Halloween Traditions

Halloween, celebrated on October 31, is a celebration held in most countries of the Western World. The tradition originated with the Celtic festival of Sanheim, which is the celebration of the harvest, at which time the people took inventory of their food supplies and livestock for the coming winter months. The name “Halloween” is a shortened version of All Hallow’s Eve, the day before the feast of All Saints’ Day. Even though it was originally a pagan holiday, the Christian celebration of this day was moved from May 13th to November 1st in the 9th century.

Some of the symbols associated with Halloween traditions include the Jack-o-lantern, which is a carved pumpkin that has been hollowed out to make room for a lighted candle to be placed inside. Monsters and mythical creatures also have a place in Halloween, as it is associated with witches, scarecrows, black cats, bats, mummies, skeletons and demons of all shapes and sizes.

Each country has its own way of celebrating Halloween. In Scotland, Ireland, the US and Canada, children engage in trick or treating. They dress up in all forms of costumes and go from house to house receiving candy treats. Depending on the size of the community or neighborhood, children can accumulate a large number of treats, such as candy suckers, chocolate bars and drinks. Some of them carry small plastic pumpkin containers or specially marked bags, while others use large pillowcases for collecting their loot. In large cities and towns, parents often accompany the children for security reasons.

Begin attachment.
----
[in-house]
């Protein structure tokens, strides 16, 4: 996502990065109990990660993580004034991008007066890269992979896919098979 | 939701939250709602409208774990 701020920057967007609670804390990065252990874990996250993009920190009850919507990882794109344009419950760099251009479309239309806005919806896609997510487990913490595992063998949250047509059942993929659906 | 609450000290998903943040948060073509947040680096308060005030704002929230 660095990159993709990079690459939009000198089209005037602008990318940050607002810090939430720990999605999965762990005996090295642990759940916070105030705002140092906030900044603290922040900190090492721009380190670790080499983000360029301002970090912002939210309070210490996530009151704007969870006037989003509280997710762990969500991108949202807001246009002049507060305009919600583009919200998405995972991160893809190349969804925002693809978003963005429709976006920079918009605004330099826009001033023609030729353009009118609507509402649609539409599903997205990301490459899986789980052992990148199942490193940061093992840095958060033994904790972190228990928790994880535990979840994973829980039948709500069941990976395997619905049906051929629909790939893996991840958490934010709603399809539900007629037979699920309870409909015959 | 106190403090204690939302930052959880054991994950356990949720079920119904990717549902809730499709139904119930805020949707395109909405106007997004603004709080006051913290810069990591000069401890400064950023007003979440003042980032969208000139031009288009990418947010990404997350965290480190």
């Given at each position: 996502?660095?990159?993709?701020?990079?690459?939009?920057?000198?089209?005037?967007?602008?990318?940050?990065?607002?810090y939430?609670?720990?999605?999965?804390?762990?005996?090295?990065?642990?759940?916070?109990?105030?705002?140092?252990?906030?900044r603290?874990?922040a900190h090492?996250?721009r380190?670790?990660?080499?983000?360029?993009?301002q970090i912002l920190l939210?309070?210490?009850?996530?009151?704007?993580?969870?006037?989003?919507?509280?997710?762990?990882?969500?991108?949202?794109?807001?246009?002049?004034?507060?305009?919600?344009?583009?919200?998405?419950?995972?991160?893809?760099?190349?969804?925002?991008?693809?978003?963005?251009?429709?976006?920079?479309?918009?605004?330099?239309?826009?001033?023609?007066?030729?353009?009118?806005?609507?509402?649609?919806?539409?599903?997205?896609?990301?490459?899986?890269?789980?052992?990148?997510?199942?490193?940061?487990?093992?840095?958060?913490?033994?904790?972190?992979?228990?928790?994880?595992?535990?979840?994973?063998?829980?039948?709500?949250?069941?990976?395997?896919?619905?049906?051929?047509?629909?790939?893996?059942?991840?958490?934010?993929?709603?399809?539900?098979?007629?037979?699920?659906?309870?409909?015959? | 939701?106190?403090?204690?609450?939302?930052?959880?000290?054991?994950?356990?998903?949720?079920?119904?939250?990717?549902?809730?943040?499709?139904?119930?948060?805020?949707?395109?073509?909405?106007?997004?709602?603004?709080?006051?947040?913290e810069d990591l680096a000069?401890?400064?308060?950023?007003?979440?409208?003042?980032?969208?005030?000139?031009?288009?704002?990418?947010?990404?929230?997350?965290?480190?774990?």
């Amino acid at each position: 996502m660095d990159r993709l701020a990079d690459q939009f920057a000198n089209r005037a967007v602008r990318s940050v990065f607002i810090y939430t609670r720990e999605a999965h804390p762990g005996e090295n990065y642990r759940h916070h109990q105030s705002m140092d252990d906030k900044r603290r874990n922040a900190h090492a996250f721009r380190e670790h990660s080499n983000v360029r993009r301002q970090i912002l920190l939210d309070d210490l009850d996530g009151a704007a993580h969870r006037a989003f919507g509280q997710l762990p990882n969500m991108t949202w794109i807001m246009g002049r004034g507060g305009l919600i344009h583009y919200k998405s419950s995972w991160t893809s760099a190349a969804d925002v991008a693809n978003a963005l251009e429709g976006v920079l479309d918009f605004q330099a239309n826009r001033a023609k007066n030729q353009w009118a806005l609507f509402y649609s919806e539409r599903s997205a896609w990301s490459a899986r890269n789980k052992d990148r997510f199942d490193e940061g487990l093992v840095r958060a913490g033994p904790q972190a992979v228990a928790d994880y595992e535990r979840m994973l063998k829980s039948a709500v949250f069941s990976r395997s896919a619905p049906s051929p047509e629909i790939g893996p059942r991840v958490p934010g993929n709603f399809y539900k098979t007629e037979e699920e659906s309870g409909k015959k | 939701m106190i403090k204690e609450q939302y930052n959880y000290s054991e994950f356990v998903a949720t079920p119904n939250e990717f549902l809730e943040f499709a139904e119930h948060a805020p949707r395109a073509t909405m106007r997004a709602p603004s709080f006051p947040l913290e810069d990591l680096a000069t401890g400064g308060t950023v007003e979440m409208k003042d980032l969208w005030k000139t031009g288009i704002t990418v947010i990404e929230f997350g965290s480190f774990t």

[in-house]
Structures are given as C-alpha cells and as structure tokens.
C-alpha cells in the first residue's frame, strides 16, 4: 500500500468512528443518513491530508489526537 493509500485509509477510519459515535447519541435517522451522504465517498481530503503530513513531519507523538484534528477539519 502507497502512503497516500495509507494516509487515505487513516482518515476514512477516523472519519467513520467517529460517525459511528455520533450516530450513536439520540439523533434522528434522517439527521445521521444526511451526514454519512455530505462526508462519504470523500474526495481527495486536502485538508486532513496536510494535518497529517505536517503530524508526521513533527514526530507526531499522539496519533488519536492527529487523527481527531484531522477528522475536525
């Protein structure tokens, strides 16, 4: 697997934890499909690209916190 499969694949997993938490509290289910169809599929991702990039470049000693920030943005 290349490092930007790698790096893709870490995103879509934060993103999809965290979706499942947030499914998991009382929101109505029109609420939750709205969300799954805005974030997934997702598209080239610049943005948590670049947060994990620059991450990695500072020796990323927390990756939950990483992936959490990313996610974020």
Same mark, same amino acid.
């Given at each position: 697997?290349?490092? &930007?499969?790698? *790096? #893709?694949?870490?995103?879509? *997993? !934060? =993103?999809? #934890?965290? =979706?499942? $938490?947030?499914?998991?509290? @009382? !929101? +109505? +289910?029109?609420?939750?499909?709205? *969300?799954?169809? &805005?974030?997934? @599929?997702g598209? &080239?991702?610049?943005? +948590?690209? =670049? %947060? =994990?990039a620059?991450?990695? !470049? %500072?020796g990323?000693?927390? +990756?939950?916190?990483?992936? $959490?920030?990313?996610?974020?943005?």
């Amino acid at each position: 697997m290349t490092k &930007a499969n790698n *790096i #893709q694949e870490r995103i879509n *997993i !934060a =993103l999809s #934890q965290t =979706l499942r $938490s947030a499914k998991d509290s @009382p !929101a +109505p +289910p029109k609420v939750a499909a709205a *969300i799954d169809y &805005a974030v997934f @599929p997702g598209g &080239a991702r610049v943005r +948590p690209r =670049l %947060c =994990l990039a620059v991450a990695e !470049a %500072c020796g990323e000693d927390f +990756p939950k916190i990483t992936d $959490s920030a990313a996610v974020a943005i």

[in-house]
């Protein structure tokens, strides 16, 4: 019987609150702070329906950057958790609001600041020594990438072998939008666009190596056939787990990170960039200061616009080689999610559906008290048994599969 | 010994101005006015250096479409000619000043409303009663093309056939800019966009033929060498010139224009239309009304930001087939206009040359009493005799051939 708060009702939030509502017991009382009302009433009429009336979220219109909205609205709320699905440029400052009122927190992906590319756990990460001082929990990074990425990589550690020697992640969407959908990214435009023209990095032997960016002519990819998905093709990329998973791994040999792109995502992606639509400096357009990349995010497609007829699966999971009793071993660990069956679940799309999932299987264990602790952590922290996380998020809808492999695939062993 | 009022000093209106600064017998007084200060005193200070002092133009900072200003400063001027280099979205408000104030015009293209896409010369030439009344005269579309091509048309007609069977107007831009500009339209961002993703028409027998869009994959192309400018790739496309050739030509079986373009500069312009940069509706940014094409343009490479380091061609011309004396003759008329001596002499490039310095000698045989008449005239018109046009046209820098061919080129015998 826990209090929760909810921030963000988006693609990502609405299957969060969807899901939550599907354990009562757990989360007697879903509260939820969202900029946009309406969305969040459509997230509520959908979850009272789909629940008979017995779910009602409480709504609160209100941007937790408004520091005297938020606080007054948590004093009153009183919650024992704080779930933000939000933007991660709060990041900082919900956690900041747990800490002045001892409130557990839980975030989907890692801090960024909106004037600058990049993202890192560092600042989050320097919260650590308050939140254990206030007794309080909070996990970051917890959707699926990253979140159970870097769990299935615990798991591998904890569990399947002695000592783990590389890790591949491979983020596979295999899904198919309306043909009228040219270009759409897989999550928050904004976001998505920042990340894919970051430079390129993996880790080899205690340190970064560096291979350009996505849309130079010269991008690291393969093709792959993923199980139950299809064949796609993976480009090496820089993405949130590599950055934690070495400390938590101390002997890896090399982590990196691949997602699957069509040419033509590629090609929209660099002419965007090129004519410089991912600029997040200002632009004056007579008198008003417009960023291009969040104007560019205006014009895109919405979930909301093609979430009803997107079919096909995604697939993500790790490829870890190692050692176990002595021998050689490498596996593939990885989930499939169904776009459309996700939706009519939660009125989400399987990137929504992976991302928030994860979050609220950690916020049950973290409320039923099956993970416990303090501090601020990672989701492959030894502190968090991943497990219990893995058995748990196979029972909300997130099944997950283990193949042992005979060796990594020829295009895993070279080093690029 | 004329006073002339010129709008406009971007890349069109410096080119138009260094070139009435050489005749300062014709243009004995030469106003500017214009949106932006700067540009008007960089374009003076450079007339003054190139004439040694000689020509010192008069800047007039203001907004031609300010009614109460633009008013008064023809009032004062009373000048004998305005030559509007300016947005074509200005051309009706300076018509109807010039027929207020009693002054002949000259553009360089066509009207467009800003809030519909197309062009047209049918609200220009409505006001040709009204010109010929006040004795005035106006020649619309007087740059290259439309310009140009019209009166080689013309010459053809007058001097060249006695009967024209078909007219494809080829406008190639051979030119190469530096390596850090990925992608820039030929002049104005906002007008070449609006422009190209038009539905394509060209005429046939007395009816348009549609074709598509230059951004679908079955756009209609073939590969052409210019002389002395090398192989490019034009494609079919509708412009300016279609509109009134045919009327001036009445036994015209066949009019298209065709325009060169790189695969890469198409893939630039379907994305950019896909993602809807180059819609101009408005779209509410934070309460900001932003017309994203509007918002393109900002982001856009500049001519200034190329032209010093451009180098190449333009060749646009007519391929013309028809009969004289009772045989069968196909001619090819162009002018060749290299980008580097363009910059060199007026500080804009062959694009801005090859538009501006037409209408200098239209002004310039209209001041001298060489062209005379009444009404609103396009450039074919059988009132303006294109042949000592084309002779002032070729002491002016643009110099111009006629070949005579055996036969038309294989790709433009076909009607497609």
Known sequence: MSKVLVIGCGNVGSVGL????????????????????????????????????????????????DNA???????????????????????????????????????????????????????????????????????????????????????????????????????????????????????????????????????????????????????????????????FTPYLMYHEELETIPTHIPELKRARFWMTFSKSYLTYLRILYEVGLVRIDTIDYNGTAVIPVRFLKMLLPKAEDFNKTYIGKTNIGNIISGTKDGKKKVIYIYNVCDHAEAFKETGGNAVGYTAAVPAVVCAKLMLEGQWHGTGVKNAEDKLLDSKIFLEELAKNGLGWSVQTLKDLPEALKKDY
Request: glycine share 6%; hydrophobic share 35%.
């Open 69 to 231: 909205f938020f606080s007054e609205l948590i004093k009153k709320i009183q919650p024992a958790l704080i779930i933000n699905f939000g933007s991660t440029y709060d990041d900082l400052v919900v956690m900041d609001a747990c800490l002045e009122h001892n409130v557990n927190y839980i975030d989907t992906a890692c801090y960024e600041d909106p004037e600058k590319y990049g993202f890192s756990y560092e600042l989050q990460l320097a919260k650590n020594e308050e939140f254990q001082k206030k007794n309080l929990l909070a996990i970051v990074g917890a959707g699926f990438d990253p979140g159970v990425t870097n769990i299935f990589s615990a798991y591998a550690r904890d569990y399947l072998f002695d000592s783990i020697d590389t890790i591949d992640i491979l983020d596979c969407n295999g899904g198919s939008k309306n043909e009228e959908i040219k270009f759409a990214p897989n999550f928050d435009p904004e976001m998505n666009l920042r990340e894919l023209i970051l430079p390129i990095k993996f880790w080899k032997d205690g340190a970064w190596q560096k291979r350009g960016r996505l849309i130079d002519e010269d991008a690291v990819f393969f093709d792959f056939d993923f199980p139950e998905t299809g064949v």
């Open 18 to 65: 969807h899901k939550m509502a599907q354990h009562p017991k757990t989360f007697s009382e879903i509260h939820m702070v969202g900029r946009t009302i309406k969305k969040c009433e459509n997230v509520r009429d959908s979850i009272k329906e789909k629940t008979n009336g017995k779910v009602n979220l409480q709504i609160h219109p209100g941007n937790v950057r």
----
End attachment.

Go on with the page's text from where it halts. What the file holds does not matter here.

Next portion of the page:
Halloween is celebrated in Lebanon on December 4 and children go trick or treating here as well. The intention, though, is different, as they disguise themselves in costumes hoping to invoke the saints to go wandering in the mountains. In England and Wales, some children still take part in trick or treating, but the custom has started to die out in modern times. Instead it is often a nuisance with pranks played on neighbors that sometimes result in vandalism. Bonfires are lit in Wales to mark the night when spirits are said to walk the night and a “white lady” ghost sometimes appears. In this country, Halloween is known as Nos Galan Gaeaf – the beginning of the new year.